SxSW Review: Sarah Kinsley, Fly Anakin, Kimbra , March 16, Central Presbyterian Church

Wednesday night at the Central Presbyterian Church saw a string of showcases presented by the podcast Song Exploder and curated by host Hrishikesh Hirway. As a marker of my ignorance I will admit that, while Song Exploder has appeared on the radar many times, BBC World News always triumphs over most podcasts on my frequencies. So, its focal exploration of the singular motivation behind just one song remains a refreshing format to me.

Sarah Kinsley

20220316 Sarah Kinsley
New Yorker Sarah Kinsley got the attention of Song Exploder with “The King”, which is indeed a sweetly catchy pop tune. Besides the hit song, “I’m Not A Mountain” is similarly interesting. Kinsley’s songs become less orchestral and complex when the layers are simplified to a 4-piece band, losing some of the original theatrical weight that made them appealing in the first place. For this reason, it might be the rare instance where live isn’t better.

Fly Anakin

20220316 Fly Anakin
Richmond, Virginia’s Fly Anakin stepped up with his brother playing DJ to his observational rapping. I don’t have much to comment on here … but not because I wouldn’t do my homework. I gather that much of the material was from his debut album Frank that just dropped a few days ago. But from where I was sitting in the church, I couldn’t make out much of what was said in the breathless attacks. I grant that his is a skill few are equipped with. But whenever the accompanying beats clash with the lyrics for clarity, comprehension becomes a battle that I (willingly) lose every time.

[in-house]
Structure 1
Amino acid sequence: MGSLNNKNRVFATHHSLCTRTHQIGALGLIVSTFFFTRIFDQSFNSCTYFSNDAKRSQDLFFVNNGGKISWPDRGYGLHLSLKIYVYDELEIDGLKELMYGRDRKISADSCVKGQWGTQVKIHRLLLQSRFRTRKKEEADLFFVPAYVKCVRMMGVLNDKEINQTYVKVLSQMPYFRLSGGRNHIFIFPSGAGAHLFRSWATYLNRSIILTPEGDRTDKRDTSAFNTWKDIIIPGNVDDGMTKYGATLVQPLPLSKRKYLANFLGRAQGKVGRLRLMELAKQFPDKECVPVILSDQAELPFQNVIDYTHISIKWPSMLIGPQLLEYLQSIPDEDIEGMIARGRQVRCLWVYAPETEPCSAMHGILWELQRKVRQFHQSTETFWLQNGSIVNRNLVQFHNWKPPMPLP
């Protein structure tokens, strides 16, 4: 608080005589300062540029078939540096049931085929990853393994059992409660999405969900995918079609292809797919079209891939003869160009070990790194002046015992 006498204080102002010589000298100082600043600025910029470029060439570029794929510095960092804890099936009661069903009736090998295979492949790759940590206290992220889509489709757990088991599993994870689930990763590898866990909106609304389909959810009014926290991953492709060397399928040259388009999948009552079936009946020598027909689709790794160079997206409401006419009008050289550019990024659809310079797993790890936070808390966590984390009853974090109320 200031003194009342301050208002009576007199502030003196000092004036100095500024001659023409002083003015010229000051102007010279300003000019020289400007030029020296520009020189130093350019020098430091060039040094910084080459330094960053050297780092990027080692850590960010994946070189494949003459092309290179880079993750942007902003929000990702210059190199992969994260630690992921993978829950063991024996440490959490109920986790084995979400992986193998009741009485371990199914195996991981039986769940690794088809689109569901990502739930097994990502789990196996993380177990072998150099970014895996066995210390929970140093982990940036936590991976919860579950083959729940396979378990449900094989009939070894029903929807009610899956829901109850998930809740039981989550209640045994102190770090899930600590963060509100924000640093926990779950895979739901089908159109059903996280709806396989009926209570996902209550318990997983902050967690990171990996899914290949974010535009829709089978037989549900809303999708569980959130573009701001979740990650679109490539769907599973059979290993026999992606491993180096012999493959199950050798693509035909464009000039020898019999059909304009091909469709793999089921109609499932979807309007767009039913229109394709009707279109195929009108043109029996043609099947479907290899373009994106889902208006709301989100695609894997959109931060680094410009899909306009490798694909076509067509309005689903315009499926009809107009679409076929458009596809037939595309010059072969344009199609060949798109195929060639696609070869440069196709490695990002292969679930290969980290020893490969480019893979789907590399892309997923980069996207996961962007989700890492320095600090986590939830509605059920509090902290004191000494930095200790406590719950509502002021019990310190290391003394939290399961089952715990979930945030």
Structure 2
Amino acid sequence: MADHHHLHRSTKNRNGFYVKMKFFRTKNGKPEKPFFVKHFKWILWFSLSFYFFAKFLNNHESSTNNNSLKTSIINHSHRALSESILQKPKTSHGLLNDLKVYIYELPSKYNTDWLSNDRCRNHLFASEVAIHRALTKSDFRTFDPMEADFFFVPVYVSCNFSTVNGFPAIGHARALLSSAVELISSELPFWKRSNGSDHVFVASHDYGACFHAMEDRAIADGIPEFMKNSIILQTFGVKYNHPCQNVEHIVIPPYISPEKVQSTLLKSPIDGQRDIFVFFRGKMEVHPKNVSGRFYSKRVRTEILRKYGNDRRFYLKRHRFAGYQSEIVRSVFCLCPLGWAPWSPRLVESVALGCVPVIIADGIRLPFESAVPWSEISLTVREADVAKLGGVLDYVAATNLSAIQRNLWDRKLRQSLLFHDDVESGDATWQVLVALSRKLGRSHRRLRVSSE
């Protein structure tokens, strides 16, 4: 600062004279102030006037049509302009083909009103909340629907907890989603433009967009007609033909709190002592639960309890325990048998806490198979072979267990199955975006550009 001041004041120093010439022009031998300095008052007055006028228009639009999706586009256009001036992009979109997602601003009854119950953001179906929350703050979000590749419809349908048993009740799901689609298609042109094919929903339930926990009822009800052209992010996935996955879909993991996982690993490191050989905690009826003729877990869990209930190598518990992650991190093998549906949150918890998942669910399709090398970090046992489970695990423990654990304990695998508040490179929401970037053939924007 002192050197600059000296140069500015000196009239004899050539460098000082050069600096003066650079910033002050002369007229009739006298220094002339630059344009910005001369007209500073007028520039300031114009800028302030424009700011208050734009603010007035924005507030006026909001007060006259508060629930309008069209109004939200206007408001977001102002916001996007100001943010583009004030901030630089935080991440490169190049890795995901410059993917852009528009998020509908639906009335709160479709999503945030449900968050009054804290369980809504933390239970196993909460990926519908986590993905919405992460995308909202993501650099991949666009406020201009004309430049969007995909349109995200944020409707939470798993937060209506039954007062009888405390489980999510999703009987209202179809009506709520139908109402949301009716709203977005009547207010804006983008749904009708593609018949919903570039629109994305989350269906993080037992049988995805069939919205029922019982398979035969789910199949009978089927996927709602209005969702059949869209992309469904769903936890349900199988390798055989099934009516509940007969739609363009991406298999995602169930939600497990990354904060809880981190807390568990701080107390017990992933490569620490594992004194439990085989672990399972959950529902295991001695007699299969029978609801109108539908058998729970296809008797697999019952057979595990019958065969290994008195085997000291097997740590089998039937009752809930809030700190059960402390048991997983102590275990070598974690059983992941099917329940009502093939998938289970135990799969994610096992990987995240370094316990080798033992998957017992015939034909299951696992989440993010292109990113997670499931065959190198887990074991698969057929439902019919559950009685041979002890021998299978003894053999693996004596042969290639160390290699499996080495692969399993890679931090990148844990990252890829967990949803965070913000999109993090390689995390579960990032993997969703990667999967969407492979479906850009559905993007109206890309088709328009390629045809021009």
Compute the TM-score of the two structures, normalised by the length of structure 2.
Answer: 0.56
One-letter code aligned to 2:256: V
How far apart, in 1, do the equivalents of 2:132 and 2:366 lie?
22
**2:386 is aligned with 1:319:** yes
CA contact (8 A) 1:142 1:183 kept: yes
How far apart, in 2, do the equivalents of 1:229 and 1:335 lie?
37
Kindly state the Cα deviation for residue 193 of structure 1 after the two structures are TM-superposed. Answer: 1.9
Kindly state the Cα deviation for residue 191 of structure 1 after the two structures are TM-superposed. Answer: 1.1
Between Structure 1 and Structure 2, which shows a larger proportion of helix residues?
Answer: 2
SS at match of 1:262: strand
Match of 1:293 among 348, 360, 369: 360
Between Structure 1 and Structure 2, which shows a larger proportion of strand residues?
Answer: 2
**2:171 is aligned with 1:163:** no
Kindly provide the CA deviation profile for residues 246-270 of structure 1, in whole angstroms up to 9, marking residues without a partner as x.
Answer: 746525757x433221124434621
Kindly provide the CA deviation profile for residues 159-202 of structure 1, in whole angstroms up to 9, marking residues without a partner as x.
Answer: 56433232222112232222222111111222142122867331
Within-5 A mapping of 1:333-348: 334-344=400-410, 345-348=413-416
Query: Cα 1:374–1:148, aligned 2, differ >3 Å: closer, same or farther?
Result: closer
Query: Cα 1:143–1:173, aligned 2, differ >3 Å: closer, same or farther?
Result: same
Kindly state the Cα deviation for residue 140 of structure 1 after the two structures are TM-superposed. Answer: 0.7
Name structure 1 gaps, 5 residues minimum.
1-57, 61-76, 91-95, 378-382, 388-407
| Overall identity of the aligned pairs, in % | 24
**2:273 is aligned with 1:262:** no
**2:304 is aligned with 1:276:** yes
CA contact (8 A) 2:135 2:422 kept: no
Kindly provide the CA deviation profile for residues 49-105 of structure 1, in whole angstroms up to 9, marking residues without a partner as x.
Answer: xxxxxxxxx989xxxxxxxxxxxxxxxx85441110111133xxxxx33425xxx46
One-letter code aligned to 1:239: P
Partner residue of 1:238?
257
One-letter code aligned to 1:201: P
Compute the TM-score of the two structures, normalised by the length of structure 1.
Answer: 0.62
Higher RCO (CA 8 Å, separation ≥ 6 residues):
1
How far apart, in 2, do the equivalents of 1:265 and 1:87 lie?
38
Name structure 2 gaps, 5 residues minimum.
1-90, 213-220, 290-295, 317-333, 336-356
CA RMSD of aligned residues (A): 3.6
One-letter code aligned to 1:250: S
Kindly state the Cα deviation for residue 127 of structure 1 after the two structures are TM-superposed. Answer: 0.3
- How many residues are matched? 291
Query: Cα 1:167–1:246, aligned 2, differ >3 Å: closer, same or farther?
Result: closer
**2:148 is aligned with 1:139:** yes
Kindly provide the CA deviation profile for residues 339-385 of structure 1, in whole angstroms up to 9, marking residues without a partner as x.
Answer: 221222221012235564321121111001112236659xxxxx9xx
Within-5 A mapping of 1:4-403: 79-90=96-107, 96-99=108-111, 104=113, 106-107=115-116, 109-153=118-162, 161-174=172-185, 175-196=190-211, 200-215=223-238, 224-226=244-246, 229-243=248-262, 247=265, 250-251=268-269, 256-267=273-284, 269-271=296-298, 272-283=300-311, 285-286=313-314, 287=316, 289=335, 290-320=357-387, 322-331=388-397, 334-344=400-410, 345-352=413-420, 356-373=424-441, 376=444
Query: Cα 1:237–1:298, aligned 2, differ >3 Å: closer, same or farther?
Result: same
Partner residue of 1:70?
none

20220316 Kimbra

In contrast, there wasn’t much content to understand from Kimbra in the first place. Spawned from the same secluded avian paradise as other equally hollow pop stars, Kimbra’s Song Exploder hit was “Top of the World” from her last album, 2018’s Primal Heart. While I may have found the songs to be somewhat lacking, Kimbra did put on an impressive performance. Here, we are reminded of the tried-and-tested philosophy in which performance and manipulation of expectations, not substance, is the key to adulation. And no wonder she has since moved on to an acting and producing career. At the church, she made use of voice loops to back her eclectic singing and gesturing. I couldn’t tell you whether she played a Theremin or conducted a Buddhist exorcism – but it was certainly a mesmerizing distraction from the pedestrian lyrics.

Posted on by Gary in South By Southwest

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